Monday, September 9, 2013

A military strike on Syria is not the best response

If indeed chemical weapons have been used, allegedly on orders from President al-Assad himself, World nations cannot sit idly and be, as US Secretary of State Kerry has said «silent spectators to the slaughter». To do so would condone such actions and invite further violations of widely agreed upon conventions on the ban of such weapons, as affirmed in the 1925 Geneva Protocol and respected by all major world countries.

Does this necessarily mean that a military strike on Syria led by the US and France, with or without the support of a yet to be determined coalition and/or of the UN Security Council, is the best response to what may be construed as mass murder?

The serious dangers of such an attack have been thoroughly explained in many media by very wise and knowledgeable people in that field of expertise. I am no military expert and have nothing to add to that debate; suffice to say that those dangers do exist and cannot be dismissed. I would rather focus on the objective of this planned retaliation and the way to best achieve it.

The objective pursued has been stated by administration officials in France and the United States: it is to «punish» President al-Assad for allegedly resorting to the use of chemical weapons against his own population.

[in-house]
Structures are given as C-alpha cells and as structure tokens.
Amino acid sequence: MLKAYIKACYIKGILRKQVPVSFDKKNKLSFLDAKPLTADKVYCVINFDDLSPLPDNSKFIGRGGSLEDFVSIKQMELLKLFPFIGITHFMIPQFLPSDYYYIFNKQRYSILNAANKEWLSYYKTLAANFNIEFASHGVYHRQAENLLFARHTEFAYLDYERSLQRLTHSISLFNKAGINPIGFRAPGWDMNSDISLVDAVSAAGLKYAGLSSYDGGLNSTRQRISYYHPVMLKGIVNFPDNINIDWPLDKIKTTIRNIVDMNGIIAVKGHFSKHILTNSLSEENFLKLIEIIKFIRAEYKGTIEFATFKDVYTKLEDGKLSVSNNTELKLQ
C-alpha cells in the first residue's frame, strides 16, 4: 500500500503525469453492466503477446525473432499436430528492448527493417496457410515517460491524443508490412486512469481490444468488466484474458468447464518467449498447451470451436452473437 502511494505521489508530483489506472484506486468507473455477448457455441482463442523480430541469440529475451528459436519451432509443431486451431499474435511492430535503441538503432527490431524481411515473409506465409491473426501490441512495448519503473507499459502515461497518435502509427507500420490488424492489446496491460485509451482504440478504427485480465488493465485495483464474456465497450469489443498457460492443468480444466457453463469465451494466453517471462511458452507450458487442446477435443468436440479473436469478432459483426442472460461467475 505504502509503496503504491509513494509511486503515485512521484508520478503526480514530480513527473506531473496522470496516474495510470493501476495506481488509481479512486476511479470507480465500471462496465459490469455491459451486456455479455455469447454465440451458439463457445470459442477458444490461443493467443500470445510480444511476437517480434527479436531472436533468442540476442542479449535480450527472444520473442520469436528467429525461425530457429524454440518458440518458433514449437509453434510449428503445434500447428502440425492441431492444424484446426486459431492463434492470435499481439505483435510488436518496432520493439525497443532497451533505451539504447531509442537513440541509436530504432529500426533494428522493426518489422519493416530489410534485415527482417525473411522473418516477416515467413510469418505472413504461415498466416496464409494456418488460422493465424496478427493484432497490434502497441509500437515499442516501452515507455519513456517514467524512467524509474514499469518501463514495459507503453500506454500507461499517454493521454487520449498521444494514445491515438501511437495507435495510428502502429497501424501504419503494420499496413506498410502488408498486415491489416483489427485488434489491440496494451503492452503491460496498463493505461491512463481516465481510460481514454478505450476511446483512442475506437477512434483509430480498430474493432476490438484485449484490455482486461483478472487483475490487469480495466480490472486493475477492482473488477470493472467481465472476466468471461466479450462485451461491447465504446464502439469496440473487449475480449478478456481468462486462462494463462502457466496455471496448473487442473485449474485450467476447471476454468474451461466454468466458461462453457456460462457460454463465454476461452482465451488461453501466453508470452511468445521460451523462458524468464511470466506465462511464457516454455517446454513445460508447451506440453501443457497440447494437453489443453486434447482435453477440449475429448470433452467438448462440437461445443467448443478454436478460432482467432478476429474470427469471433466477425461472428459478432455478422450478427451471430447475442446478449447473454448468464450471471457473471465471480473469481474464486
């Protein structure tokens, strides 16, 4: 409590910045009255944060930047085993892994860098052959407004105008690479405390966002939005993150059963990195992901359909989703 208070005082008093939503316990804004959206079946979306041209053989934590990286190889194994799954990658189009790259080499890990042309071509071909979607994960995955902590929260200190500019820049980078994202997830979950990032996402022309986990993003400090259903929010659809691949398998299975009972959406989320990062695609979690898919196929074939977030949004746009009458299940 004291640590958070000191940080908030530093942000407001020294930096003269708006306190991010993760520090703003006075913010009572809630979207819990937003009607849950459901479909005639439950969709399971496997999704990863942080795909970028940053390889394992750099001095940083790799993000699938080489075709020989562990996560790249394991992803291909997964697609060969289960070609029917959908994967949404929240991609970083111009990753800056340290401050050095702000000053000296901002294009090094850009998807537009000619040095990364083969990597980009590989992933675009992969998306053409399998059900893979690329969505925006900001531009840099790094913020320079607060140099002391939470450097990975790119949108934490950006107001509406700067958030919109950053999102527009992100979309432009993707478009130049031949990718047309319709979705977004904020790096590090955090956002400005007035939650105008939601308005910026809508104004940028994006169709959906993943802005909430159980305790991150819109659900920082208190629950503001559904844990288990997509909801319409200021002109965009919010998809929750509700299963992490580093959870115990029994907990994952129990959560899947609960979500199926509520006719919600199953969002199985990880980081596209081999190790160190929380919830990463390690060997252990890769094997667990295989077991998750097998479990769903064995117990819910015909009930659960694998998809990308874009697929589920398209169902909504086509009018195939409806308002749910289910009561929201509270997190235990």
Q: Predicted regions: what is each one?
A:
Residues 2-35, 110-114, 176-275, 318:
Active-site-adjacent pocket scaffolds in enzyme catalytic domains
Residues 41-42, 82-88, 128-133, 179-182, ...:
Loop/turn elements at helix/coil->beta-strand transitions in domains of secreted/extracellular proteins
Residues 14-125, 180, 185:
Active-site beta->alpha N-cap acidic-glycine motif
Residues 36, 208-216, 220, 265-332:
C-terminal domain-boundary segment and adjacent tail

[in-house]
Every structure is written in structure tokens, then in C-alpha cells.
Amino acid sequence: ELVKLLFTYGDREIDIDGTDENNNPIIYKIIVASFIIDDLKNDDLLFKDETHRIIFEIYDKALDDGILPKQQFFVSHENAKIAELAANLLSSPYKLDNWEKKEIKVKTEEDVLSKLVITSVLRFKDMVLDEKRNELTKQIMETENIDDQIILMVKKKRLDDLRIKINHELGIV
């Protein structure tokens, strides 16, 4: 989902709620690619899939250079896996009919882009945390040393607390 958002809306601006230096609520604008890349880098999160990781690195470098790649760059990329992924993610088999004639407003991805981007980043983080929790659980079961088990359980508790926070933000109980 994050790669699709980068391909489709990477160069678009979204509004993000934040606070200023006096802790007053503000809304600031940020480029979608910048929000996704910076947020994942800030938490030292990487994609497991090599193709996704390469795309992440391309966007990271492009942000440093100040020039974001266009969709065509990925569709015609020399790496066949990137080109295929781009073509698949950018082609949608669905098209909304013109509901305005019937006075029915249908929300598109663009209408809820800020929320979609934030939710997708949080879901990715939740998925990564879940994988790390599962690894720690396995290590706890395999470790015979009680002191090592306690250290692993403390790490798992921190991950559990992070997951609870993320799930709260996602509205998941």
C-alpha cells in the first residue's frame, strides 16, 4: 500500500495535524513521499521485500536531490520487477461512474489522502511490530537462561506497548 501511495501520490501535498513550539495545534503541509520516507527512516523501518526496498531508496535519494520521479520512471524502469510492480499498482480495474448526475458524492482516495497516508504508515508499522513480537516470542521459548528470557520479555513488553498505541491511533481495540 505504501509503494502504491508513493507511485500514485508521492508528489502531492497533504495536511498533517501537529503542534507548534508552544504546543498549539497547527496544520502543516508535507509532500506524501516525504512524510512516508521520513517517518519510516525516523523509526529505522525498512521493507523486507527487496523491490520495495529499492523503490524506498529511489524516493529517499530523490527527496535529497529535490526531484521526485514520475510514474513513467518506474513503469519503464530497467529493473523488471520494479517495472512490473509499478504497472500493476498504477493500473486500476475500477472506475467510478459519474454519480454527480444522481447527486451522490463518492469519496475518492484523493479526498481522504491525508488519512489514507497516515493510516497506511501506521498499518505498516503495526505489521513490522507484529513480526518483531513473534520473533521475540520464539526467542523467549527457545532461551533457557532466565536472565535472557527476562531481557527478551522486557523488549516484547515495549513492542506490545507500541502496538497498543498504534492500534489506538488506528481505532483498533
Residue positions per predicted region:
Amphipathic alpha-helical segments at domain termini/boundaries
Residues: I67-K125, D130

From that standpoint, the truth of the matter is, a military strike will NOT «punish» President al-Assad; it will first and foremost kill lower rank military personnel of the Syrian army and innocent by standing Syrian civilians, both of which had no say in the matter. Let us also take into account the fact that high ranking army officers and/or government officials in Syria have most likely participated in this action. It is unlikely that a military strike will affect those people.

Other traditional courses of actions, such as a blockade or economic sanctions, either cannot be implemented or will not produce the desired effect, because the al-Assad regime has powerful international allies. In fact, I can only think of one effective way to «punish» the perpetrators and deter other tyrants from using such weapons in the future: to indict them in the International Criminal Court in The Hague.

Some will say that what I propose is impossible, because one must first lay hands on those people before bringing them in front of the court. True, it cannot be done overnight. However, if enough evidence is accumulated for the UN Security Council to issue international arrest warrants, it will be impossible for those responsible for the alleged use of chemical weapons to travel outside Syria, except to sympathetic countries, without being immediately detained, forcibly or not. There have even been cases where war criminals were snatched by strike teams from countries in which they felt safe to be brought to trial.

The system works: in July 2012, the International Criminal Court found Congolese warlord Thomas Lubanga Dyilo guilty of war crimes and sentenced him to 14 years imprisonment.

The European Union demands «strong international response» to the alleged chemical attack. I think that a trial in the International Criminal Court would satisfy the EU demand. In fact, I strongly believe that it is the only just and effective response to the alleged crime.

Let us not forget what Winston Churchill has said: «To jaw-jaw is always better than to war-war». In the long term, a diplomatic, also legal in this case, solution is always preferable to military intervention.

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